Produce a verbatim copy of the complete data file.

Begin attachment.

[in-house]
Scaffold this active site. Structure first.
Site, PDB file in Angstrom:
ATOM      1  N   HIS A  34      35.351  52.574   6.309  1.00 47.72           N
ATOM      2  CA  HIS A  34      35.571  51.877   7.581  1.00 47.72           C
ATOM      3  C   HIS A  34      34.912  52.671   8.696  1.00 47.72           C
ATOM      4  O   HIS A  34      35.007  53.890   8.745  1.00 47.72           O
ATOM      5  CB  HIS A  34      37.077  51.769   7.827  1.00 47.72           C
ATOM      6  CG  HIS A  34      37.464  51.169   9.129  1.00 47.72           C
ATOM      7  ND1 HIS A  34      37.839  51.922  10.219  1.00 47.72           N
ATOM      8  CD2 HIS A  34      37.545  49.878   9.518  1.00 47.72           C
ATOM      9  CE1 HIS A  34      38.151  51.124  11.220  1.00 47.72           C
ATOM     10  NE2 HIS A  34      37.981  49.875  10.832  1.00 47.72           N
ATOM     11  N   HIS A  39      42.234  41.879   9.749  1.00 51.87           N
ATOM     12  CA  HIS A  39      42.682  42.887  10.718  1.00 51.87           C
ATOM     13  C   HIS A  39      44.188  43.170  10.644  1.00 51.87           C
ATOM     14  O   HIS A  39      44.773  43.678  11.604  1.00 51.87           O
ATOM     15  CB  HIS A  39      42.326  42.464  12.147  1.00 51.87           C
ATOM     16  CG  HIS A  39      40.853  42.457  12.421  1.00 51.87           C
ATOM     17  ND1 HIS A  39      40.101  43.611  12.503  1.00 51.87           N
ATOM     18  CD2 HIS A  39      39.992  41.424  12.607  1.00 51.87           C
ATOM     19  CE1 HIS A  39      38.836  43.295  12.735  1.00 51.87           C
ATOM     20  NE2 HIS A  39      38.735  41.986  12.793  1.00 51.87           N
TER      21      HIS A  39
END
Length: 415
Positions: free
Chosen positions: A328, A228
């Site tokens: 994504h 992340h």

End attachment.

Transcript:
[in-house]
Scaffold this active site. Structure first.
Site, PDB file in Angstrom:
ATOM      1  N   HIS A  34      35.351  52.574   6.309  1.00 47.72           N
ATOM      2  CA  HIS A  34      35.571  51.877   7.581  1.00 47.72           C
ATOM      3  C   HIS A  34      34.912  52.671   8.696  1.00 47.72           C
ATOM      4  O   HIS A  34      35.007  53.890   8.745  1.00 47.72           O
ATOM      5  CB  HIS A  34      37.077  51.769   7.827  1.00 47.72           C
ATOM      6  CG  HIS A  34      37.464  51.169   9.129  1.00 47.72           C
ATOM      7  ND1 HIS A  34      37.839  51.922  10.219  1.00 47.72           N
ATOM      8  CD2 HIS A  34      37.545  49.878   9.518  1.00 47.72           C
ATOM      9  CE1 HIS A  34      38.151  51.124  11.220  1.00 47.72           C
ATOM     10  NE2 HIS A  34      37.981  49.875  10.832  1.00 47.72           N
ATOM     11  N   HIS A  39      42.234  41.879   9.749  1.00 51.87           N
ATOM     12  CA  HIS A  39      42.682  42.887  10.718  1.00 51.87           C
ATOM     13  C   HIS A  39      44.188  43.170  10.644  1.00 51.87           C
ATOM     14  O   HIS A  39      44.773  43.678  11.604  1.00 51.87           O
ATOM     15  CB  HIS A  39      42.326  42.464  12.147  1.00 51.87           C
ATOM     16  CG  HIS A  39      40.853  42.457  12.421  1.00 51.87           C
ATOM     17  ND1 HIS A  39      40.101  43.611  12.503  1.00 51.87           N
ATOM     18  CD2 HIS A  39      39.992  41.424  12.607  1.00 51.87           C
ATOM     19  CE1 HIS A  39      38.836  43.295  12.735  1.00 51.87           C
ATOM     20  NE2 HIS A  39      38.735  41.986  12.793  1.00 51.87           N
TER      21      HIS A  39
END
Length: 415
Positions: free
Chosen positions: A328, A228
């Site tokens: 994504h 992340h």